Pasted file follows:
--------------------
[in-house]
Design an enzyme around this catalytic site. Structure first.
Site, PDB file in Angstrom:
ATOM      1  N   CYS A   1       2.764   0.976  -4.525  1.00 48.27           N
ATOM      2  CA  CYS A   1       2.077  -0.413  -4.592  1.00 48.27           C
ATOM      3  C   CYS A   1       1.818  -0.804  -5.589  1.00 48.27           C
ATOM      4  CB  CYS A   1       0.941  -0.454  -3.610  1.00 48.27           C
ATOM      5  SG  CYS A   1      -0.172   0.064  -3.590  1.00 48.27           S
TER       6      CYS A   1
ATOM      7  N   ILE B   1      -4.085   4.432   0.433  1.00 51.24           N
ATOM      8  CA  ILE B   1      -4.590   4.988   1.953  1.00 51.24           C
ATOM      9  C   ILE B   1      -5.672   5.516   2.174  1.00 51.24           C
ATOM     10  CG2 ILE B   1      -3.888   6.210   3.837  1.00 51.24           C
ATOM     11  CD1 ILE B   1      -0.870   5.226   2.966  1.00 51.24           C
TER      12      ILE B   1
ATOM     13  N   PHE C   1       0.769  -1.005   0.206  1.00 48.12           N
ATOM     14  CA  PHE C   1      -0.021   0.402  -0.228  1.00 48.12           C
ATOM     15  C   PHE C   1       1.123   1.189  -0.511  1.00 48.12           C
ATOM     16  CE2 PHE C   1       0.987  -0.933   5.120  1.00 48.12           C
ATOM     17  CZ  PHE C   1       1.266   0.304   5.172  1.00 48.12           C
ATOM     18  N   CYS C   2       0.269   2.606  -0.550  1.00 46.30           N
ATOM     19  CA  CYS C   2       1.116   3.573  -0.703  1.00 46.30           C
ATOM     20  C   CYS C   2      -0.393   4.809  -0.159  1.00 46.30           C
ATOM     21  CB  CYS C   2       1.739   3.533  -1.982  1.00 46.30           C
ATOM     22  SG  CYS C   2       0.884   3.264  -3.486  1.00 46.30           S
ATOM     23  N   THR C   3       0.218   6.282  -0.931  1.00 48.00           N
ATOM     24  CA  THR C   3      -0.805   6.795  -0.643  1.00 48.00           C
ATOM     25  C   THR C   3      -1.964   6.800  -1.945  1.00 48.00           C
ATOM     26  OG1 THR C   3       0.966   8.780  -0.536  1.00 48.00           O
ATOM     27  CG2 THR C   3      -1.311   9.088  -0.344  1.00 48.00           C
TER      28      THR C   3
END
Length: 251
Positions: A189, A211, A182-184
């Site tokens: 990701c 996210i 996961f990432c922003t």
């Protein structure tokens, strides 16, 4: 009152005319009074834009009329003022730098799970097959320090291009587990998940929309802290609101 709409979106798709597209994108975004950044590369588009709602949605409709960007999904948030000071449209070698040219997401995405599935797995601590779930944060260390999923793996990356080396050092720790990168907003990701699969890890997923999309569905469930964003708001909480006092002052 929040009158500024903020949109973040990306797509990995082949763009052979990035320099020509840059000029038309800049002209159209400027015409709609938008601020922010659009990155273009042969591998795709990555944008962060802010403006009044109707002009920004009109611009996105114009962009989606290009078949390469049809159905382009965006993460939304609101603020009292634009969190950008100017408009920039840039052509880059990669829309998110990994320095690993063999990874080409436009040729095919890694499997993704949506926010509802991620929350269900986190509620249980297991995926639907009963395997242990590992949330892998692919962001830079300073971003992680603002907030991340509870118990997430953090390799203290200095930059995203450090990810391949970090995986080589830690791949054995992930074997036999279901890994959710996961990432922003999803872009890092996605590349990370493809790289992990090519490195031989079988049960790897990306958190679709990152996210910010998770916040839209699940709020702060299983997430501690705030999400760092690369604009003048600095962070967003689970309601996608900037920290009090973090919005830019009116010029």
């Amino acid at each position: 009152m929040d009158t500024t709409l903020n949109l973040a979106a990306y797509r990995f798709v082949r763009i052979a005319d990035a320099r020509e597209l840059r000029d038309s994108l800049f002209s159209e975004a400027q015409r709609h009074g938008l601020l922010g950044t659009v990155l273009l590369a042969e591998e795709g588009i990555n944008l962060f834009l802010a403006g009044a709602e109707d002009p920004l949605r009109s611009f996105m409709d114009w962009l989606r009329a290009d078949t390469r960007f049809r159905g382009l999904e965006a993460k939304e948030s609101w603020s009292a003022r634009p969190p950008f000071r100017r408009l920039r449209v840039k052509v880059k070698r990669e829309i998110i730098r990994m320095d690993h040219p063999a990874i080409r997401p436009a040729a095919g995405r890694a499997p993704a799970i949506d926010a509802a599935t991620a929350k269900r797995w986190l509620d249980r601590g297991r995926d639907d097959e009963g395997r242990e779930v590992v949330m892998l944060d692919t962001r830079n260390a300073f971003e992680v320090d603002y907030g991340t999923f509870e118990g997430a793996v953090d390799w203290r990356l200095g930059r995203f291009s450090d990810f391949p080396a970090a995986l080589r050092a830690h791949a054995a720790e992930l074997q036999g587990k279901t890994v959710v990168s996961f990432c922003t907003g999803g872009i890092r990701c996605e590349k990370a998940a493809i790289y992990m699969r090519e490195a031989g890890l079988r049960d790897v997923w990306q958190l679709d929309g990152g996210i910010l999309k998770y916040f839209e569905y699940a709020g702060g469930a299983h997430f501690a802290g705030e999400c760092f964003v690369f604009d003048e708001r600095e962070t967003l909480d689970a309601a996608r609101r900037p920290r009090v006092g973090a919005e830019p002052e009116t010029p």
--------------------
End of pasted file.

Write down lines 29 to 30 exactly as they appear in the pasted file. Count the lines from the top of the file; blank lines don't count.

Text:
ATOM     26  OG1 THR C   3       0.966   8.780  -0.536  1.00 48.00           O
ATOM     27  CG2 THR C   3      -1.311   9.088  -0.344  1.00 48.00           C